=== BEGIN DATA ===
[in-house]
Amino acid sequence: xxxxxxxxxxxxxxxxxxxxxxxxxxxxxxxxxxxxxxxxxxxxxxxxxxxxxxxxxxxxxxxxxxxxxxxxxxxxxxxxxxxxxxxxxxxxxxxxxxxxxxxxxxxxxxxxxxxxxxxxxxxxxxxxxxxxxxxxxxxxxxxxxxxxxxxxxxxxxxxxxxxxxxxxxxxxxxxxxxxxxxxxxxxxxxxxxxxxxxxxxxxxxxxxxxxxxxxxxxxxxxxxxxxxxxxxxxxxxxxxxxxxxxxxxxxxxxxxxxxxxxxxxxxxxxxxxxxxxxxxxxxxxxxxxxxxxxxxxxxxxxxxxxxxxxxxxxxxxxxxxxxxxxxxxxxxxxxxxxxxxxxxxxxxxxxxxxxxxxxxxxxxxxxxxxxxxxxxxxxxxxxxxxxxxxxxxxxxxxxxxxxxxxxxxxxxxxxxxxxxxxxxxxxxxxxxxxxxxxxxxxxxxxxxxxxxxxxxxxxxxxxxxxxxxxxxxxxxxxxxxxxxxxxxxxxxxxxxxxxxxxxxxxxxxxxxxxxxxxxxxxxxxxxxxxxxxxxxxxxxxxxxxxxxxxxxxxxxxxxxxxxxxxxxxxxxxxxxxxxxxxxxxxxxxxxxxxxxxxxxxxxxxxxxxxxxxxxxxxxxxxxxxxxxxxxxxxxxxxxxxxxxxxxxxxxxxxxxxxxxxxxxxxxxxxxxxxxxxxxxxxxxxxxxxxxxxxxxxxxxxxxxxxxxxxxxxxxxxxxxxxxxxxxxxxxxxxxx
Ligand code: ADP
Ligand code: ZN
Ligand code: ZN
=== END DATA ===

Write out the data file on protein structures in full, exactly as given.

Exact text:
[in-house]
Amino acid sequence: xxxxxxxxxxxxxxxxxxxxxxxxxxxxxxxxxxxxxxxxxxxxxxxxxxxxxxxxxxxxxxxxxxxxxxxxxxxxxxxxxxxxxxxxxxxxxxxxxxxxxxxxxxxxxxxxxxxxxxxxxxxxxxxxxxxxxxxxxxxxxxxxxxxxxxxxxxxxxxxxxxxxxxxxxxxxxxxxxxxxxxxxxxxxxxxxxxxxxxxxxxxxxxxxxxxxxxxxxxxxxxxxxxxxxxxxxxxxxxxxxxxxxxxxxxxxxxxxxxxxxxxxxxxxxxxxxxxxxxxxxxxxxxxxxxxxxxxxxxxxxxxxxxxxxxxxxxxxxxxxxxxxxxxxxxxxxxxxxxxxxxxxxxxxxxxxxxxxxxxxxxxxxxxxxxxxxxxxxxxxxxxxxxxxxxxxxxxxxxxxxxxxxxxxxxxxxxxxxxxxxxxxxxxxxxxxxxxxxxxxxxxxxxxxxxxxxxxxxxxxxxxxxxxxxxxxxxxxxxxxxxxxxxxxxxxxxxxxxxxxxxxxxxxxxxxxxxxxxxxxxxxxxxxxxxxxxxxxxxxxxxxxxxxxxxxxxxxxxxxxxxxxxxxxxxxxxxxxxxxxxxxxxxxxxxxxxxxxxxxxxxxxxxxxxxxxxxxxxxxxxxxxxxxxxxxxxxxxxxxxxxxxxxxxxxxxxxxxxxxxxxxxxxxxxxxxxxxxxxxxxxxxxxxxxxxxxxxxxxxxxxxxxxxxxxxxxxxxxxxxxxxxxxxxxxxxxxxx
Ligand code: ADP
Ligand code: ZN
Ligand code: ZN